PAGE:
London, 8 April 2022 (TDI): The Prime Minister of the United Kingdom, Boris Johnson received the Ghanaian President, Nana Akufo-Addo to Downing Street. Strong partnerships between the two states especially focus on areas including trade, defense, and culture.

Recognizing the growing security threat in West Africa, the UK Prime Minister and the Ghanaian President pledged to strengthen bilateral defense and security partnerships, including intelligence sharing and naval capabilities.


Ghana was the first African country to gain independence from Britain in 1957. Historically, Ghana has had a large migration flow with the UK, which has made an important contribution to advancing the relationship between the two countries. After independence, Ghana’s formal diplomatic relations with Britain suffered minor setbacks but both restored their relations fully in 1966. Since then, Britain and Ghana have worked together extensively on international aid, economic development, security issues, and so on.

In the year 2019, Ghana and UK have signed a new Strategic Partnership agreement to deepen and strengthen bilateral relations and look for new opportunities between the two states. The New Strategic Partnership agreement mainly focuses on three areas. The first one is economic development and also mutual prosperity. The second one is stability and also regional security. The last one is health, education, and also inclusion.


Furthermore, security is one of the priorities of UK-Ghana cooperation. The security collaboration includes two main issues: cross-border organized crime and terrorism. 

On June 2nd, 2021, the first UK-Ghana security dialogue was held in Accra, the capital of Ghana. Ghana’s Minister for National Security; Albert Kan-Dapaah met with the UK Home Secretary, Priti Patel for talks during the security dialogue.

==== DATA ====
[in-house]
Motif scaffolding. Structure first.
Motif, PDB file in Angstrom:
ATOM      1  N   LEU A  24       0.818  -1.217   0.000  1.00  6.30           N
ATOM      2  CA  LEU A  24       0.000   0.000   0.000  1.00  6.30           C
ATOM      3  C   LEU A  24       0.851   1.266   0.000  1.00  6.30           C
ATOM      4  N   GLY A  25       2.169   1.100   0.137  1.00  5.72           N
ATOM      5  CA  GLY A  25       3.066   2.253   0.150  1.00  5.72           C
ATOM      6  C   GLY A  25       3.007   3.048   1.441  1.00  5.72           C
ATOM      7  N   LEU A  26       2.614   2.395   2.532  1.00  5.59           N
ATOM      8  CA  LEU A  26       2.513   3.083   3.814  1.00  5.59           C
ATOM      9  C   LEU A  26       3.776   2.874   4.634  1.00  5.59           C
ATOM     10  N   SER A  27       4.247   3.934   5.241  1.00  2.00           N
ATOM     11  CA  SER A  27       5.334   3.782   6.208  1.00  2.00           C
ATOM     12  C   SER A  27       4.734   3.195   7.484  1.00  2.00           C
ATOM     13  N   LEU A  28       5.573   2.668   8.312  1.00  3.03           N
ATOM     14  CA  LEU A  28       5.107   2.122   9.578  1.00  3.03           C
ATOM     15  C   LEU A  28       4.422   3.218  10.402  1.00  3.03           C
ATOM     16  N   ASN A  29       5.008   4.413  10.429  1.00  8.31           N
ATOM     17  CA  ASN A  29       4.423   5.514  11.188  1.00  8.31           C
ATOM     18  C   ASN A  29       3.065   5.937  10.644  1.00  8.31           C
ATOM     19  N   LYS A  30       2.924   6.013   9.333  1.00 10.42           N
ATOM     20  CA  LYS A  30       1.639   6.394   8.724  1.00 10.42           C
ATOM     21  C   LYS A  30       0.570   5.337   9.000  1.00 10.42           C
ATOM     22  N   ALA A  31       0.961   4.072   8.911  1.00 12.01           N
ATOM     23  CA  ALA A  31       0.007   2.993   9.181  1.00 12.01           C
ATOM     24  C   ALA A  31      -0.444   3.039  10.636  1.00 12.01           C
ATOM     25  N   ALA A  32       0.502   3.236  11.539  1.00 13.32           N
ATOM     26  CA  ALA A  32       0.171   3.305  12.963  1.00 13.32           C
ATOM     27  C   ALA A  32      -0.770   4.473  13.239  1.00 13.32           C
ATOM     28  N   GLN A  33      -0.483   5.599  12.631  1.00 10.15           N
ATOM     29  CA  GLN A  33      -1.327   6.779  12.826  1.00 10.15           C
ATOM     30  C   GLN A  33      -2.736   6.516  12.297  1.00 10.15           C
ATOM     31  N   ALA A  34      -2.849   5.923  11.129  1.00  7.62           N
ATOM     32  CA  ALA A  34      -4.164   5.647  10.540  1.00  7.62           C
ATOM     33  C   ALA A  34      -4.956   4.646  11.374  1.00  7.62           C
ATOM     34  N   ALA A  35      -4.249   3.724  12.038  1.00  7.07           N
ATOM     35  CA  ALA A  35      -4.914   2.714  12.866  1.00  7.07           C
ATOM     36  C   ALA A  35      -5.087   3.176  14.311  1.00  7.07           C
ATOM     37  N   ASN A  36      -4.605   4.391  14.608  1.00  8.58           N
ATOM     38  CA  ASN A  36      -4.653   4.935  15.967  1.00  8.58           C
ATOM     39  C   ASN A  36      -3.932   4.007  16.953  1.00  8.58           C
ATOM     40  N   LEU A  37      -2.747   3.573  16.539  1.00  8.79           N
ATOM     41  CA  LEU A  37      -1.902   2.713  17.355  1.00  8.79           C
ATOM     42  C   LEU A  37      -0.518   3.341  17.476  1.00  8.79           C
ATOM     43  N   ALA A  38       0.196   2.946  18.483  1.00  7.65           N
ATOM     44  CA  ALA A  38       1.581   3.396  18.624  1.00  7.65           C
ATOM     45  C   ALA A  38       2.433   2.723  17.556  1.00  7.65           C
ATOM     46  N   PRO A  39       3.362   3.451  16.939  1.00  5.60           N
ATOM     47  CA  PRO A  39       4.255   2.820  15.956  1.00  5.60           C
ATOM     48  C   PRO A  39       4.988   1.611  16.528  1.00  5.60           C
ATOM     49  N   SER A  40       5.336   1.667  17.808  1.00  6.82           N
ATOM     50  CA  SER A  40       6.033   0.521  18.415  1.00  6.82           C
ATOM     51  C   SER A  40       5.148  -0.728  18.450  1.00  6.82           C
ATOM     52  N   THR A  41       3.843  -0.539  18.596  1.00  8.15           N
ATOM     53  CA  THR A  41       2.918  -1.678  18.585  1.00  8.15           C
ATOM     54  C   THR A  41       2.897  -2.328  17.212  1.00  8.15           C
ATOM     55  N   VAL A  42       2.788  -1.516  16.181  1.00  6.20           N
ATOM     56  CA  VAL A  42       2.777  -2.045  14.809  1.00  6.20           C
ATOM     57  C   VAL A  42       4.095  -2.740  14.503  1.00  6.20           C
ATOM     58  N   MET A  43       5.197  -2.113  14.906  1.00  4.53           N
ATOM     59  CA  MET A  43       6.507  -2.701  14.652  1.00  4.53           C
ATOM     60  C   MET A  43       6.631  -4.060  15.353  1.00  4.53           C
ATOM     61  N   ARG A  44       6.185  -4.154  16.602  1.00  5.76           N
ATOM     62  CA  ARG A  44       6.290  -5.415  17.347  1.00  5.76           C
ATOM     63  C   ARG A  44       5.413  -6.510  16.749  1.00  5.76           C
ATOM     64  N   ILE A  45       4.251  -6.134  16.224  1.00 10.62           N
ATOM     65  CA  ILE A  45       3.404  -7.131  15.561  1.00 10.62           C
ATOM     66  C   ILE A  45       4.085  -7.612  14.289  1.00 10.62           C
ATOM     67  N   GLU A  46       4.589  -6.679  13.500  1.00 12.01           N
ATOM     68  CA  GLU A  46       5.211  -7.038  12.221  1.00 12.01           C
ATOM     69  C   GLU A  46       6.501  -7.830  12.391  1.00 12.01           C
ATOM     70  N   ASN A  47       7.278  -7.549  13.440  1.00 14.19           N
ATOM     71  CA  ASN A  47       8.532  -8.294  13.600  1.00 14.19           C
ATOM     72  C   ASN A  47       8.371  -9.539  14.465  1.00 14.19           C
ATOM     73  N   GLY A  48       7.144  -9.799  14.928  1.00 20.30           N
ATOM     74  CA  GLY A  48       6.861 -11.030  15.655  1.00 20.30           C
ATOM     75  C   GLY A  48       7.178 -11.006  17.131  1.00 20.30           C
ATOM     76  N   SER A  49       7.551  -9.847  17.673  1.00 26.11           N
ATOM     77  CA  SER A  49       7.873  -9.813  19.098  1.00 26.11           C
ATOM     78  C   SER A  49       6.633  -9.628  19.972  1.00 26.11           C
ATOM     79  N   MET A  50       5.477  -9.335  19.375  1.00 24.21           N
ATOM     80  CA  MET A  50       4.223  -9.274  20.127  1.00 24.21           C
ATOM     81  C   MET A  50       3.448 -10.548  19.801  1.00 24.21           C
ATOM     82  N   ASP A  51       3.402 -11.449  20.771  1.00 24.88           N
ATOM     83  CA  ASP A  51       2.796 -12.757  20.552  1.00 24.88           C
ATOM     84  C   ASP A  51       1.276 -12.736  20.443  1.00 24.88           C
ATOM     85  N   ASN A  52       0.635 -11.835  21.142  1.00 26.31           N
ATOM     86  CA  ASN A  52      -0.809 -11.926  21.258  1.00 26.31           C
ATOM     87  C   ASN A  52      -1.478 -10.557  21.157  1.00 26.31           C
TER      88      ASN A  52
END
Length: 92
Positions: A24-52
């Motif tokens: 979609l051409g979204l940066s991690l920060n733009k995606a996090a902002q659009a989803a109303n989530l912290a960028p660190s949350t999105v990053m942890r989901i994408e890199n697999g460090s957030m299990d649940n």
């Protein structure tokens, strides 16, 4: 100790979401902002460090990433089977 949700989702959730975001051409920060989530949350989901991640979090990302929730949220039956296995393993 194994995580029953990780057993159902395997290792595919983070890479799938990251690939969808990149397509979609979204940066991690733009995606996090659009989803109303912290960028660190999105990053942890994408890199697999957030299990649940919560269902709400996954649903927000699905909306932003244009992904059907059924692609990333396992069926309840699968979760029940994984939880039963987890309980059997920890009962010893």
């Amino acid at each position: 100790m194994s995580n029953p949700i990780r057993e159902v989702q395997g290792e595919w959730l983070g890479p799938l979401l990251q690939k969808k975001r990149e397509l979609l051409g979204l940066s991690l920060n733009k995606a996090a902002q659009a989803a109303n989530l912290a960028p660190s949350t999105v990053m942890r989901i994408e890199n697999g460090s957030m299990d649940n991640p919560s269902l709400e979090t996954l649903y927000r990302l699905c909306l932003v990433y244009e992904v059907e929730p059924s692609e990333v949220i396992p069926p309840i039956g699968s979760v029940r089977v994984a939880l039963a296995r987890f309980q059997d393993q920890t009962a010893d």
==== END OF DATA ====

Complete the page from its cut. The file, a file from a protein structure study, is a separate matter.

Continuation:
The two states committed to establishing two working groups targeted at violent extremism, and organized crime; which include immigration crime, money laundering, gold and cocaine smuggling, and online fraud.

Moreover, to have more effective cooperation; both nations reaffirmed that they will deepen their law enforcement partnerships, particularly around community policing and accountability.

Later in 2021, UK’s Minister for Africa announced £250,000 to support Ghana. This financial support aimed to fund 4 vital security and stability projects which can bolster Ghana’s capability to combat security threats. The other objective of the British financial support was also to increase the capacity of Ghana’s national crisis response model.


Ghana has shared a significant economy relation with the UK. The total trade in goods and services (exports plus imports) between the UK and Ghana was £954 million in the four quarters to the end of Q3 2021. 

UK’s Home Secretary Priti Patel in talks with Ghanaian President Nana Akuffo-Addo
UK’s Home Secretary Priti Patel in talks with Ghanaian President Nana Akuffo-Addo

Ghana and the UK have been in trade negotiations since 2018; culminating in the signing of an Interim Trade Partnership Agreement between the two countries in 2020. The agreement will boost bilateral trade relations worth about £1.2 billion.

The agreement replaces the Interim Ghana-EU Economic Partnership Agreement, which governs trade relations between Ghana and the UK. Moreover, the Agreement with the EU was no longer applicable to govern the relations of the UK with Ghana; as the UK withdrew from the EU on 31 December 2020. 

Furthermore, in 2021, the UK Prime Minister, Boris Johnson appointed Kate Hoey as the new Trade Envoy to Ghana. The new Trade Envoy’s key tasks include identifying new export and investment opportunities for the UK and Ghanaian businesses. This is to strengthen the UK-Ghana trade and promote a mutually beneficial partnership.